August 24, 2015

Our School

APU Campus

Aerial view of the APU Campus (2021)


APU In the Community

Two Communities, One Brick – Responsible Sourcing of Construction

image-4Undertaking APU’s construction has been a mighty feat, requiring resources, materials, and skilled labour. Our projects have employed hundreds of local tradespeople, most of whom have been employed on a full time basis since 2007, providing an enormous boost to the local economy. In addition to providing employment, unskilled workers at APU have been trained on the job to become competent bricklayers, metal workers, and carpenters. These workers are now earning higher wages in recognition of their skill level. When construction is complete at APU, these people will take their skills with them, making them more employable and able to earn a higher income to support their families

Our policy at APU has always been to strengthen the local economy by employing Malawians at all levels of our organization, from the manual labourers, cooks and gardeners, to the architects, lawyers, accountants, teachers, and management levels of APU. As a result, we have, over the years, trained a small army of local bricklayers, carpenters, cooks, and painters who have gained skills during their time at APU.

APU Brings Economic Boom & Government Funding to Nearby Trading Center of Nsaru

The result of steady paid employment to hundreds of men and women over the past seven years has resulted in an economic boom in the adjacent Trading Center of Nsaru. New stores have opened to provide the goods needed by APU employees and their families. Families have moved to the trading center to be closer to the employment that APU is offering, resulting in the construction of rental housing. A large government water project has been undertaken to provide Nsaru with clean running water. Nsaru was chosen as the recipient of the project due directly to the recent growth in the population attributed to APU.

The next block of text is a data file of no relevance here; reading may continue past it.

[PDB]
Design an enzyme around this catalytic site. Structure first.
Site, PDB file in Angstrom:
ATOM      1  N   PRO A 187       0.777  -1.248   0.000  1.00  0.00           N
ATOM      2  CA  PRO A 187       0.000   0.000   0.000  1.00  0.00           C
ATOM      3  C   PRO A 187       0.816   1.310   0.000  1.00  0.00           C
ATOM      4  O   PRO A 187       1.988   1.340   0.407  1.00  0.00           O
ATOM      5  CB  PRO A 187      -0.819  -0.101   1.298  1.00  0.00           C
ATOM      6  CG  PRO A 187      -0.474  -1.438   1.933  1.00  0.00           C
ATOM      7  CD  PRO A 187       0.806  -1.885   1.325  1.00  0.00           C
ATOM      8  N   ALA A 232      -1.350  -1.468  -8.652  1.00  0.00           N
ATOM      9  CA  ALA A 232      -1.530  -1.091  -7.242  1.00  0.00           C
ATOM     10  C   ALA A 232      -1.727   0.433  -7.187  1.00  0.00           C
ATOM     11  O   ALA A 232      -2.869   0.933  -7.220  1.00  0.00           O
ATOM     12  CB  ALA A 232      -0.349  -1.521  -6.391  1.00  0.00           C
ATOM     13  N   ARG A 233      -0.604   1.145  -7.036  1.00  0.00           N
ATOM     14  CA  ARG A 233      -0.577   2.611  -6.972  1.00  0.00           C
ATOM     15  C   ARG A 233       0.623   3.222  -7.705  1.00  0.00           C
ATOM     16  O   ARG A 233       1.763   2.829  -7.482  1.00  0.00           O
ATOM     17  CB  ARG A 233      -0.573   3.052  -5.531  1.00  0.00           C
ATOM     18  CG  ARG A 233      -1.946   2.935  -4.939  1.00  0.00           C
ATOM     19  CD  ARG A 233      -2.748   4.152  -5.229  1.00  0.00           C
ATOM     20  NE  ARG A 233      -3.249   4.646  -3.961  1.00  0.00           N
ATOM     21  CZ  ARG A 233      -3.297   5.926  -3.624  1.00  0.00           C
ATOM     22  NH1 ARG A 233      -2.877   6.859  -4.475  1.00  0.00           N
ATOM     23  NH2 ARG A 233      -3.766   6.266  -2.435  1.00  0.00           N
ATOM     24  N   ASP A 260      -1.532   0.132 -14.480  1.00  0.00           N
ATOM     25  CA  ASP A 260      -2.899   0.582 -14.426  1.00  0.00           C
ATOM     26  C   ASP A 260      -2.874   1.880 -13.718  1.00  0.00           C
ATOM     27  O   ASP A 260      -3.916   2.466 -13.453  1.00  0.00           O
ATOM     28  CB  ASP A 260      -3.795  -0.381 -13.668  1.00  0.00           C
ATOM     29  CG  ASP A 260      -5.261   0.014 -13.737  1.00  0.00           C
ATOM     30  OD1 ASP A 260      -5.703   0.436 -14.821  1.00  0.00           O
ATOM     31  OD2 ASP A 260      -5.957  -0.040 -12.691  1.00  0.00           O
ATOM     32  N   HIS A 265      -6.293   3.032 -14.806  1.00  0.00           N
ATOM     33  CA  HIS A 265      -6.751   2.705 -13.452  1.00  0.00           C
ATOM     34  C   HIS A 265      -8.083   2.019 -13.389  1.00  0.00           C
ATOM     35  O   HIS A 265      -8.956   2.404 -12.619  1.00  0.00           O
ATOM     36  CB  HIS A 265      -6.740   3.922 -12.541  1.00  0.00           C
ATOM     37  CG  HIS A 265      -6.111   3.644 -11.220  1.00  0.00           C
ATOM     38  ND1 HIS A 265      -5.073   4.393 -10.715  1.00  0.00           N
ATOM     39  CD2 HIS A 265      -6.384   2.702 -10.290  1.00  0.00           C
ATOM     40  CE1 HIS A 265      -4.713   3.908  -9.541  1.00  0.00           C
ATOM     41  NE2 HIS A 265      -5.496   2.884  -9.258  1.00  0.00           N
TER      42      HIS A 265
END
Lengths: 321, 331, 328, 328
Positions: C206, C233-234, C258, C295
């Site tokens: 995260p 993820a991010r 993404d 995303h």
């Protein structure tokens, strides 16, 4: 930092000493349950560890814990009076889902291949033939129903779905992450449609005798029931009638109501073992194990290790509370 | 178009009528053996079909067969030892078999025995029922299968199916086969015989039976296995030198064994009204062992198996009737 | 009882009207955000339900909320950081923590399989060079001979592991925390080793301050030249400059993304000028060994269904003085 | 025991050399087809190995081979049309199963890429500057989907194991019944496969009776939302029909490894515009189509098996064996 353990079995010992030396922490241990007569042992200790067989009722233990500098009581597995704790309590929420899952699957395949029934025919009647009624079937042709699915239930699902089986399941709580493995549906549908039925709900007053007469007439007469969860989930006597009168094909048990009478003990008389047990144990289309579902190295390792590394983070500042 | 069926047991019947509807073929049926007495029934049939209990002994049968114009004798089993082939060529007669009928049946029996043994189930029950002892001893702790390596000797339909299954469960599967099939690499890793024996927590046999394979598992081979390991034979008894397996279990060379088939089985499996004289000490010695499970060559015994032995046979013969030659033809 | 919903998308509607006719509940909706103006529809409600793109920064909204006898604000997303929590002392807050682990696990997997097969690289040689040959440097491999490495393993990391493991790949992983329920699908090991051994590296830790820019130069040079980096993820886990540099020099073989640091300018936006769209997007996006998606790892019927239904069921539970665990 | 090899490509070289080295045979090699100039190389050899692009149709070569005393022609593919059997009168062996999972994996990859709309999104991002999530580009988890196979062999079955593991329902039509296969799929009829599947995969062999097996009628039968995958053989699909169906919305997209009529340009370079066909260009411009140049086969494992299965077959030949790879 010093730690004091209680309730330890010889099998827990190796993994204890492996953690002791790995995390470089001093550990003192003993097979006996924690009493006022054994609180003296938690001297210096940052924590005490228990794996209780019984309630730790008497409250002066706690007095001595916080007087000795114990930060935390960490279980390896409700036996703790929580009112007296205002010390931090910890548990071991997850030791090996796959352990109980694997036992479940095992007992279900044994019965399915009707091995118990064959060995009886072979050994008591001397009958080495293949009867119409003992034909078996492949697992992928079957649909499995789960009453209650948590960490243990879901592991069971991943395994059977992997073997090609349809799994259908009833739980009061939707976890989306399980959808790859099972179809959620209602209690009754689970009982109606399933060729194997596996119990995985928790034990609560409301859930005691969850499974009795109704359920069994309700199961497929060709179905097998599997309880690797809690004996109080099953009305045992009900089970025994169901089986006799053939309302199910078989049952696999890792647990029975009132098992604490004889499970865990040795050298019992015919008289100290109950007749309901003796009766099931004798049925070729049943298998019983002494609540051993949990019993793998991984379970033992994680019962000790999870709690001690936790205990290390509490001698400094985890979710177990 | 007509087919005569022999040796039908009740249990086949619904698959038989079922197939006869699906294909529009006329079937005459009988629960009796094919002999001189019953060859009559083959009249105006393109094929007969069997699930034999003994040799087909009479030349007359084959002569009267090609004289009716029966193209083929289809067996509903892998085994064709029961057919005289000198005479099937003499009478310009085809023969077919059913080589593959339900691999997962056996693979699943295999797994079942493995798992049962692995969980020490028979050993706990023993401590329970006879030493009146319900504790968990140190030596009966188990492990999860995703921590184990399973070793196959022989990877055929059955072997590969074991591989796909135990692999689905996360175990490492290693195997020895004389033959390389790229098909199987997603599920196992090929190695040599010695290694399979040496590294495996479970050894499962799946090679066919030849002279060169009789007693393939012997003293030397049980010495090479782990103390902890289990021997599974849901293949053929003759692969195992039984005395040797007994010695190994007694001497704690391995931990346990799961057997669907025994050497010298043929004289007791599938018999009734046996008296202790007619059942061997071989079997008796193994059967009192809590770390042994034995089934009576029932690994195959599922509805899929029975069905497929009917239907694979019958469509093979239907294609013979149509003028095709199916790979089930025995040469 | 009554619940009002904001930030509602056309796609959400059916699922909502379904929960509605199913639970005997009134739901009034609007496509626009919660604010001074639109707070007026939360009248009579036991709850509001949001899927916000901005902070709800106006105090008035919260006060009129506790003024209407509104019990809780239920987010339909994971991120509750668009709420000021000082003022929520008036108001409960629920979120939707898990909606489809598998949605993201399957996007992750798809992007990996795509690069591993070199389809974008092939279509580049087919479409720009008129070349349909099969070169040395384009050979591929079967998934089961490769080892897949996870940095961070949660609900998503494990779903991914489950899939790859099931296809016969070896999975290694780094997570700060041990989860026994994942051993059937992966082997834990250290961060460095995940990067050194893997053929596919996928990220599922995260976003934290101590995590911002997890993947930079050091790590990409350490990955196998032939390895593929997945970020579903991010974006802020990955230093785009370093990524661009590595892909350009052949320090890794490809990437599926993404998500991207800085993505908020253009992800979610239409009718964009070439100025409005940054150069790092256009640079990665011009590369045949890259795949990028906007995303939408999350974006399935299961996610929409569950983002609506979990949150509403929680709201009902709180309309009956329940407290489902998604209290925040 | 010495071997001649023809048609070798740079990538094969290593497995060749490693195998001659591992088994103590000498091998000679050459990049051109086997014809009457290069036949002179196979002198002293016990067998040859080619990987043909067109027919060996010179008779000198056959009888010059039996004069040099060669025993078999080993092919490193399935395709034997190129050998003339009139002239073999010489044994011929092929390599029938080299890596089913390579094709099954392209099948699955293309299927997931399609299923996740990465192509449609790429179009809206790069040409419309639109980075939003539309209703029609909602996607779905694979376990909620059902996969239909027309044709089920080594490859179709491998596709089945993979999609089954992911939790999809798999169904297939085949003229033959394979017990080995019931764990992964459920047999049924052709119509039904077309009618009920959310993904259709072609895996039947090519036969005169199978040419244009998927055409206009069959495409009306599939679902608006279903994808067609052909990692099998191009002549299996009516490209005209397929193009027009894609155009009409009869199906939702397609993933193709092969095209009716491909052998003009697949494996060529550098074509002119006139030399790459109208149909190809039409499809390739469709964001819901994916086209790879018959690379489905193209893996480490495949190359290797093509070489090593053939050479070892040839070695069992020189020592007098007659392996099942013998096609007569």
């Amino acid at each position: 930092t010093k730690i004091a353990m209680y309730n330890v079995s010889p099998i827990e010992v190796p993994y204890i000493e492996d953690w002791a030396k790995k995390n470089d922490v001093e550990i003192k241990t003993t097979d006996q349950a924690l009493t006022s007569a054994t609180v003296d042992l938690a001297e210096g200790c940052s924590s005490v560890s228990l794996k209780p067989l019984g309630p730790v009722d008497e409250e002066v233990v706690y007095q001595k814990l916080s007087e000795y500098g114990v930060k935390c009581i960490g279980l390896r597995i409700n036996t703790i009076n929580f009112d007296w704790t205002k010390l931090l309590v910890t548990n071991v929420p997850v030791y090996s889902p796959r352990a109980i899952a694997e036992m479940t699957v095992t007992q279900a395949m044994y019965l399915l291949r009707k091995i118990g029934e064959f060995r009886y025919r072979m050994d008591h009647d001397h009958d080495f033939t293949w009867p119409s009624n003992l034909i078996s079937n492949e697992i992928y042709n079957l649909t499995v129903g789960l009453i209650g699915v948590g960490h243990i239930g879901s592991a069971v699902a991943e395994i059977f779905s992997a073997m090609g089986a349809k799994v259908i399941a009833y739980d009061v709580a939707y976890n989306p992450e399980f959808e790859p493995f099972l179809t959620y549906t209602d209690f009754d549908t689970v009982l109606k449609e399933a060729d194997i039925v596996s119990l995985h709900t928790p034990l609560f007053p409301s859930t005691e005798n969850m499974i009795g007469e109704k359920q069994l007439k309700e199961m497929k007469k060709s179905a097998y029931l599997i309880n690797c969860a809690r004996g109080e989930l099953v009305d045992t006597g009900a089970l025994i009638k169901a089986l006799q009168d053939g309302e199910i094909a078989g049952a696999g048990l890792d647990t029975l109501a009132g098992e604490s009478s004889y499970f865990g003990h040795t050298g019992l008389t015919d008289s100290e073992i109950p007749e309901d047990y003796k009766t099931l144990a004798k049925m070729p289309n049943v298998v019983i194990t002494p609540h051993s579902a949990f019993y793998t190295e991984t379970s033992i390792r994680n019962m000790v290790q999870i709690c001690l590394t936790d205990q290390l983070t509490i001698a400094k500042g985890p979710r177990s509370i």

United Nations World Food Program – “Purchase for Progress” Initiative

Henry, APU’s lead Engineer, traveled to Brazil to represent local Farmers in a conference for the United Nations World Food Program, Purchase for Progress Initiative. Purchase for Progress leverages WFP’s purchasing power and expertise in food quality and logistics to link smallholder farmers to agricultural markets. WFP and local partners work with farmer organizations to help smallholders develop business and harvesting skills to meet WFP’s high quality standards. By acquiring these skills, smallholders are able to sell their crop production to WFP and, most importantly, become competitive players in the formal markets to increase their incomes and improve their lives. Henry was chosen to represent his local farmer organization and was one of 60 Malawian representatives chosen to attend the conference.

Community Service

Our APU students spend three hours each Wednesday afternoon engaged in service activities both at the APU construction site as well as out in the community. They volunteer at the local medical clinic, take time to mentor primary school students, and clean up garbage at the local market place.  In addition, they spend one afternoon a week working at the APU school site carrying water, bricks, and sand, spend time watering saplings in the APU tree nursery and tend to the plants in the extensive APU garden.

APU is breaking new ground in teaching its students that you don’t need to be wealthy in order to give back and make a difference in your community.  All that is needed is a strong and healthy body and a will to help others. At first, our girls did not understand the importance of giving their services for free, stating that they were poor and had nothing to give. The ethic of volunteerism is not widespread in Malawi due to the extreme poverty faced by families, particularly in the rural areas. Their teachers have convinced them that indeed they have hands, feet, brains and energy, in fact they had everything to give!  Our girls are proud that they can offer their help to those around them and are beginning to understand the importance of volunteering their time.  It gives them a sense of power, that they have the ability to do something of value for others.  It is the start of their leadership training as they start to understand their ability to make change in their communities.

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